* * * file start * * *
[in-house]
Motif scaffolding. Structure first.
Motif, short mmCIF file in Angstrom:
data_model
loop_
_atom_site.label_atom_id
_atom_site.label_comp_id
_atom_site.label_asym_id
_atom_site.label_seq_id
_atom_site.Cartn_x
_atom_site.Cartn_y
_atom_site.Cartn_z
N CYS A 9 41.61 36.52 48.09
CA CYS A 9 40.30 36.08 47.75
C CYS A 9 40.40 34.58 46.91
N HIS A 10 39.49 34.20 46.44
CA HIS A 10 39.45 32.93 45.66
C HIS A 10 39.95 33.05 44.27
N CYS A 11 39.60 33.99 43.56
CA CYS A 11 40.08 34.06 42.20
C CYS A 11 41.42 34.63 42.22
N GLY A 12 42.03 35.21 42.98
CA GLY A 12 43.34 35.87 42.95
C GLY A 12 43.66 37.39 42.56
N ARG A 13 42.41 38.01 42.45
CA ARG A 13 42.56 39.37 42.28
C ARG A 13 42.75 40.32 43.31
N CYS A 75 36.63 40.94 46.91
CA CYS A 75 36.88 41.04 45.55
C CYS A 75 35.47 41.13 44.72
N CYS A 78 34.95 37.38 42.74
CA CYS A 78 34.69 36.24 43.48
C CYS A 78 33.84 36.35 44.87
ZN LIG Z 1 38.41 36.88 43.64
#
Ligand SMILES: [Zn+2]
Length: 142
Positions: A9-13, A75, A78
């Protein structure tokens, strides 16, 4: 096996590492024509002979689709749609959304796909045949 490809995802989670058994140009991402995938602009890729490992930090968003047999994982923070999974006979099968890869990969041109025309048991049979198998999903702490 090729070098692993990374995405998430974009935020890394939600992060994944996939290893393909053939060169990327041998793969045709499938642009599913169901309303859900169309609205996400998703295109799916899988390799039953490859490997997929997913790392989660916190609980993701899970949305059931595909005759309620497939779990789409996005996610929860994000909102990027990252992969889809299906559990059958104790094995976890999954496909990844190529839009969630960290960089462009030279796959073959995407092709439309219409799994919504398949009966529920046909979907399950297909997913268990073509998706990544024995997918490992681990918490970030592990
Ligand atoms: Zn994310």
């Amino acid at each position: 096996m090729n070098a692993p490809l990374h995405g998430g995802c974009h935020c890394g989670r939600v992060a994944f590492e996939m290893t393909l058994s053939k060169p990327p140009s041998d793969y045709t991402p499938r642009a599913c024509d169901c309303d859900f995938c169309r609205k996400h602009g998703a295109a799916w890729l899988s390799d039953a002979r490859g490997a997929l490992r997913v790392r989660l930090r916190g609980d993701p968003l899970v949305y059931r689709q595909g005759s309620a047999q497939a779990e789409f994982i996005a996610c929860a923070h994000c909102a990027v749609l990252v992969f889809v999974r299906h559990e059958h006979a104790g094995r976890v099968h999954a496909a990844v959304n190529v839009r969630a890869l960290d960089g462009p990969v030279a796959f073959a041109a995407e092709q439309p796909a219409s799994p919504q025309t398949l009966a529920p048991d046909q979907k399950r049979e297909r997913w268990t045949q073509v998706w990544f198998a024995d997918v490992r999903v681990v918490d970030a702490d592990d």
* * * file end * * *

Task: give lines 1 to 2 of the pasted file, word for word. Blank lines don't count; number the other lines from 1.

[in-house]
Motif scaffolding. Structure first.